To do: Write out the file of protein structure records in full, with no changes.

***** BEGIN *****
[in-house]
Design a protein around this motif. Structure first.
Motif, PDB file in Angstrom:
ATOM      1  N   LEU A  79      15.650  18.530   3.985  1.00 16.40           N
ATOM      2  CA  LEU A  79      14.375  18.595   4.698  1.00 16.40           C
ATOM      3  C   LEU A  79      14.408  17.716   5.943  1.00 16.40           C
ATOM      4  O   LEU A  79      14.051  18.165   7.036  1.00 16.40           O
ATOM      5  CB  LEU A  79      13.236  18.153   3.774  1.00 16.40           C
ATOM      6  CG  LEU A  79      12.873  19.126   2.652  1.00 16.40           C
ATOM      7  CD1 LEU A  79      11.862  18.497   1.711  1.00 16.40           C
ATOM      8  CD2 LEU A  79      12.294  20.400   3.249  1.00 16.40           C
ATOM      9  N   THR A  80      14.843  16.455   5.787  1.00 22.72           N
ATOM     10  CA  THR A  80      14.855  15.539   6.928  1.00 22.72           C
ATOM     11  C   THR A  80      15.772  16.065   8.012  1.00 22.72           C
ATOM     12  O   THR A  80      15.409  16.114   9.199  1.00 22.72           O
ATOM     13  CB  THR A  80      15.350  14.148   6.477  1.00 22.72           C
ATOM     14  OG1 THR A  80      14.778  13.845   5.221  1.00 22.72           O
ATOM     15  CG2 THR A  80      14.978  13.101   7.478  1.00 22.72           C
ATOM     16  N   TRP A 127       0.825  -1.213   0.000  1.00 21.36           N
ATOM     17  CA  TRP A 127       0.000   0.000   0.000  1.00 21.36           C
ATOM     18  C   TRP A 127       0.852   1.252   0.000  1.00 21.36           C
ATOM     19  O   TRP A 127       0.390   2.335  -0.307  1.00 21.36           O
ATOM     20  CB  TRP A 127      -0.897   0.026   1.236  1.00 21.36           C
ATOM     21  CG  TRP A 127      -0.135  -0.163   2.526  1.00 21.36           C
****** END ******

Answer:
[in-house]
Design a protein around this motif. Structure first.
Motif, PDB file in Angstrom:
ATOM      1  N   LEU A  79      15.650  18.530   3.985  1.00 16.40           N
ATOM      2  CA  LEU A  79      14.375  18.595   4.698  1.00 16.40           C
ATOM      3  C   LEU A  79      14.408  17.716   5.943  1.00 16.40           C
ATOM      4  O   LEU A  79      14.051  18.165   7.036  1.00 16.40           O
ATOM      5  CB  LEU A  79      13.236  18.153   3.774  1.00 16.40           C
ATOM      6  CG  LEU A  79      12.873  19.126   2.652  1.00 16.40           C
ATOM      7  CD1 LEU A  79      11.862  18.497   1.711  1.00 16.40           C
ATOM      8  CD2 LEU A  79      12.294  20.400   3.249  1.00 16.40           C
ATOM      9  N   THR A  80      14.843  16.455   5.787  1.00 22.72           N
ATOM     10  CA  THR A  80      14.855  15.539   6.928  1.00 22.72           C
ATOM     11  C   THR A  80      15.772  16.065   8.012  1.00 22.72           C
ATOM     12  O   THR A  80      15.409  16.114   9.199  1.00 22.72           O
ATOM     13  CB  THR A  80      15.350  14.148   6.477  1.00 22.72           C
ATOM     14  OG1 THR A  80      14.778  13.845   5.221  1.00 22.72           O
ATOM     15  CG2 THR A  80      14.978  13.101   7.478  1.00 22.72           C
ATOM     16  N   TRP A 127       0.825  -1.213   0.000  1.00 21.36           N
ATOM     17  CA  TRP A 127       0.000   0.000   0.000  1.00 21.36           C
ATOM     18  C   TRP A 127       0.852   1.252   0.000  1.00 21.36           C
ATOM     19  O   TRP A 127       0.390   2.335  -0.307  1.00 21.36           O
ATOM     20  CB  TRP A 127      -0.897   0.026   1.236  1.00 21.36           C
ATOM     21  CG  TRP A 127      -0.135  -0.163   2.526  1.00 21.36           C